Talking about arms control, it should be noted that Russia and the US differ substantially on the issue of compliance with arms control and nuclear arms reduction agreements. It is highly unlikely that the two counties would agree to further nuclear cuts below the ceilings agreed upon in the START-3 treaty. Virtually all negotiating tracks on arms control have been stalled with existing treaties eroded.

There is another problem, which evokes Russia’s concern that the summit will hardly help to tackle. The US and its NATO allies are undermining the NPT by pursuing the «nuclear sharing» policy.

As part of this policy, military personnel of allied countries without nuclear weapons of their own are taught to use nuclear weapons and participate in nuclear planning.

The Obama administration is implementing the Life Extension Program (LEP) for the B61 tactical nuclear bombs that will extend their life by 20 to 30 years at the estimated cost of $8 billion.

The first complete B61-12 (a brand new guided modification of the bomb) is scheduled for 2020. The US plans to equip all F-35s in Europe with nuclear capability by 2024.

Currently around 200 B61 bombs are deployed in underground vaults inside around 90 protective aircraft shelters at six bases in five NATO countries (Belgium, Germany, Italy, the Netherlands, and Turkey).

About half of the munitions are earmarked for delivery by the national aircraft of these non-nuclear states, although they all are parties to the Non-Proliferation Treaty  (NPT) of 1968 that envisions certain obligations.

For instance, Article I of the NPT prohibits the transfer of nuclear weapons from nuclear-weapons states to other states: «Each nuclear-weapon State Party to the Treaty undertakes not to transfer to any recipient whatsoever nuclear weapons or other nuclear explosive devices or control over such weapons or explosive devices».

Article II requires non-nuclear weapons states not to receive nuclear weapons: «Each non-nuclear-weapon State Party to the Treaty undertakes not to receive the transfer from any transfer or whatsoever of nuclear weapons or other nuclear explosive devices or of control over such weapons or explosive devices».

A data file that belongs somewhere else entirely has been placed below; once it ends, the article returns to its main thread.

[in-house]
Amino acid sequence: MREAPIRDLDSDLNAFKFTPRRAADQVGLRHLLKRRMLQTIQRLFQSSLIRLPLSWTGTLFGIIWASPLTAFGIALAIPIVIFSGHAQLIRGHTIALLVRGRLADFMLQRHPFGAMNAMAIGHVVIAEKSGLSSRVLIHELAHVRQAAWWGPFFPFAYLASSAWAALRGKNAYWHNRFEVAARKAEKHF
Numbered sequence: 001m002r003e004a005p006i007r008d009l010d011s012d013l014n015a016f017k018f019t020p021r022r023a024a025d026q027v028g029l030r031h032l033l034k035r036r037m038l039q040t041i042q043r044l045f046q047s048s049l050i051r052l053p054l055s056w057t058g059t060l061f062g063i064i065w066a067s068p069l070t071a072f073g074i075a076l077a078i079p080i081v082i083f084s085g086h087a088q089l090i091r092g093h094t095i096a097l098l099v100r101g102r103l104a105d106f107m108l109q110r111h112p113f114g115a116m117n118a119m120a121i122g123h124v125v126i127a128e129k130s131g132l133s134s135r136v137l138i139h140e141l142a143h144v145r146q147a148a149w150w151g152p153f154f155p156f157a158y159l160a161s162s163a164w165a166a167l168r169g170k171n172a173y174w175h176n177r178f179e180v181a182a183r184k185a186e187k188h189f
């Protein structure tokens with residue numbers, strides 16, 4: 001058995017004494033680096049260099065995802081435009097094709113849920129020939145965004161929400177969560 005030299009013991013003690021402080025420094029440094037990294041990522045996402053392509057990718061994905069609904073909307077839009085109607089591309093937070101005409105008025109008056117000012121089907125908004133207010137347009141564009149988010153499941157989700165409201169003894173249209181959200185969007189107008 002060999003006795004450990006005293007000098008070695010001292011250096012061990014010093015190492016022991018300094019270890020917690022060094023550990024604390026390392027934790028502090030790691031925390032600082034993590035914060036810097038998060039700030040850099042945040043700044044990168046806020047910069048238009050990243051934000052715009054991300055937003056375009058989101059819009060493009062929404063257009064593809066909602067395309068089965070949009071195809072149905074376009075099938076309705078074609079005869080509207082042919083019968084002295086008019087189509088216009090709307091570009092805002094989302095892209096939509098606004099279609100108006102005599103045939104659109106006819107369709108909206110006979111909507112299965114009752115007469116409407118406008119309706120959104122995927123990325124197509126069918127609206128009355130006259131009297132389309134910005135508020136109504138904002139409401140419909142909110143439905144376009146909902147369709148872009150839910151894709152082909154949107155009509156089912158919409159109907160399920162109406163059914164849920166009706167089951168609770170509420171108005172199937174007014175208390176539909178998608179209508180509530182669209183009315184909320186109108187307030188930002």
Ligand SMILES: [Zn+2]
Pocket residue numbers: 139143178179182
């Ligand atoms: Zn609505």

These bans are being fully ignored in the course of NATO’s «joint nuclear missions», as part of which pilots from the alliance’s non-nuclear member countries are learning how to manage and use nuclear weapons.

Russia is inevitably a player in most nonproliferation issues by virtue of its many roles: as one of three NPT depositary governments, a leading member of the IAEA board, a permanent member of the UN Security Council.

Few nonproliferation problems can be resolved without Moscow’s active support or at least acquiescence.

It would be relevant to remember that Russia is the only reactor supplier willing to take back plutonium-bearing spent fuel to its territory, something that is good both for nonproliferation and for Rosatom’s sales pitch (because returning the spent fuel to Russia eliminates the burden of storing it for prospective customers).

Russia plays a crucial role in implementing the Iranian nuclear deal, including by accepting regular shipments of Iranian enriched uranium and leading the conversion of the Fordow uranium enrichment facility into a nuclear research center.

Moscow also has a key role in both preventing the Islamic State from acquiring mustard gas and tackling the problem of North Korea’s nuclear program.

The United States and Russia are founders and co-chairs of the Global Initiative to Combat Nuclear Terrorism, a voluntary, multilateral partnership of 86 countries dedicated to strengthening the capacity of its members to prevent, detect, and respond to acts of nuclear terrorism.

It has sponsored more than 70 multilateral activities in such areas as nuclear detection, forensics, and response and mitigation.

Without Russia, Washington nuclear summit is doomed to failure. It makes no sense to discuss the issues of global importance in absence of a country, which belongs to the key actors’ group.

No doubt, Moscow will tackle the problems of non-proliferation at other forums, like IAEA (International Atomic Energy Agency) conferences and UN General Assembly meetings. At that the Russian government believes it makes no sense to participate in the events staged by the United States.